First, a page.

Unquestionably, the most influential guitarist to emerge from the late-'70s/early-'80s U.S. hardcore/punk movement was Black Flag's Greg Ginn. Never afraid to incorporate other musical styles into this playing (namely jazz fusion and Black Sabbath-y heavy metal) as well as squealing feedback from his amplifier, Ginn's playing also served as a major ingredient to the Black Flag sound as he was the only original member to remain in the group from its formation until its demise.
Influenced equally by the Grateful Dead and the Stooges, Ginn formed Black Flag in 1977, but the group didn't really start to make a name for itself until Ginn set up shop in Hermosa Beach, CA, in early 1979, where he began running an electronics supply business. It was during this time that the phrase "SST" was coined (an abbreviation for Solid State Tuners), which would eventually be used for the name of Black Flag's record label.
Although members came and went at a steady rate (including singers Keith Morris, Ron Reyes, and Dez Cadena), Black Flag prevailed, building a large and loyal following on the strength of their explosive live show, EPs/singles (including such classics as Nervous Breakdown and Jealous Again), and an appearance in the cult classic L.A. punk documentary The Decline of Western Civilization.
Ginn also began to favor a Plexiglas "Dan Armstrong" guitar, which would soon become a trademark of sorts for both him and the band (despite eventually becoming covered with black tape).
Black Flag began to make a nationwide impact when big-time Flag fan Henry Rollins signed on as the group's fourth vocalist, which resulted in the group's first-ever full-length album, 1981's Damaged, considered by many as one of the greatest hardcore albums of all time. Although legal tape would keep Black Flag from issuing a follow-up as quickly as they would have liked (which included Ginn being sent to jail for five days), the band returned more ferocious then ever, with such releases as My War and In My Head, among others.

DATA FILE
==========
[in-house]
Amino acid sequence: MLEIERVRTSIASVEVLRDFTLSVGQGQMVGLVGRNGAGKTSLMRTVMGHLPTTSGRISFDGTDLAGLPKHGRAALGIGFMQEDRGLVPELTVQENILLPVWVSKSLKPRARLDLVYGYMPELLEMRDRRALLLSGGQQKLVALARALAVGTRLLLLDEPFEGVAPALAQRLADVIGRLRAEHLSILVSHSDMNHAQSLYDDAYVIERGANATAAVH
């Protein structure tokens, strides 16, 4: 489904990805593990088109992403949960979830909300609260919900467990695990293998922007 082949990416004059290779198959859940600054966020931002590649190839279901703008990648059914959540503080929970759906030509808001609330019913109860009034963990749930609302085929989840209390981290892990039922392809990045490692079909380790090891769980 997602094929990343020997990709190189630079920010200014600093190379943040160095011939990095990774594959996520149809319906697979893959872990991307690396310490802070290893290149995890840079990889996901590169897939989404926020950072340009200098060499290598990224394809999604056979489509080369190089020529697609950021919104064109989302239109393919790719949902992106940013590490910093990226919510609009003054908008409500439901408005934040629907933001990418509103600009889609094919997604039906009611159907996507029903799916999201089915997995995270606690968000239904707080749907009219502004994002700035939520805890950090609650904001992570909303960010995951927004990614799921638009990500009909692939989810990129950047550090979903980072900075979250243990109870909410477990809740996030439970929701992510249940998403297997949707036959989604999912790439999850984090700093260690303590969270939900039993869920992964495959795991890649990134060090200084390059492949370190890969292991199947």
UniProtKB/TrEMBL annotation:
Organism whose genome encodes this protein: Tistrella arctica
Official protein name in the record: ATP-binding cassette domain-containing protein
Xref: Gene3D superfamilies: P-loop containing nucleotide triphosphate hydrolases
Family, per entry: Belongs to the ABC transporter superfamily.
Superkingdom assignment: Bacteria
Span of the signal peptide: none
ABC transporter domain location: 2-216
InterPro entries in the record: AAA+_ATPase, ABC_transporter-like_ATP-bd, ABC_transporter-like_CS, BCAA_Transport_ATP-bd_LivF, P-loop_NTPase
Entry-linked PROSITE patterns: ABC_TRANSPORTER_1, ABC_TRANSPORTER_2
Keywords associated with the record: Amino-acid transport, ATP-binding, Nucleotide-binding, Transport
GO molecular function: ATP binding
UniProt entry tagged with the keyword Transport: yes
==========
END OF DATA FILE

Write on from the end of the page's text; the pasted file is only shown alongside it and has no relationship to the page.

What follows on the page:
Black Flag also managed to issue a completely instrumental release, Process of Weeding Out, which inspired Ginn to launch his own instrumental project, Gone, resulting in a pair of releases around this time as well, Let's Get Real, Real Gone for a Change and Gone II - But Never Too Gone.Additionally, Ginn launched another side project around this time, October Faction, which included contributions from many other SST artists.
Black Flag broke up after a final U.S. tour in 1986, and while many assumed that Ginn would simply play with Gone full-time, he decided to focus on record company work, forming an all new label, Cruz, while running the Minutemen's former label, New Alliance, as well as SST.
The early '90s saw Ginn return from his exile as he began issuing solo albums, including such titles as Getting Even, Payday, Dick, and Let It Burn, as well as surprisingly relaunching Gone. Ginn has also performed alongside other acts (Mojack, Hor, Killer Tweaker Bees, etc.), briefly operated a coffee house, The Idea Room, and has been known to appear under an alias, Poindexter Stewart, on his own radio program, Screw Radio. In 2003, Ginn put together a new version of Black Flag (he and Cadena were the only recognizable names) to perform benefit shows for several different Cat Rescues.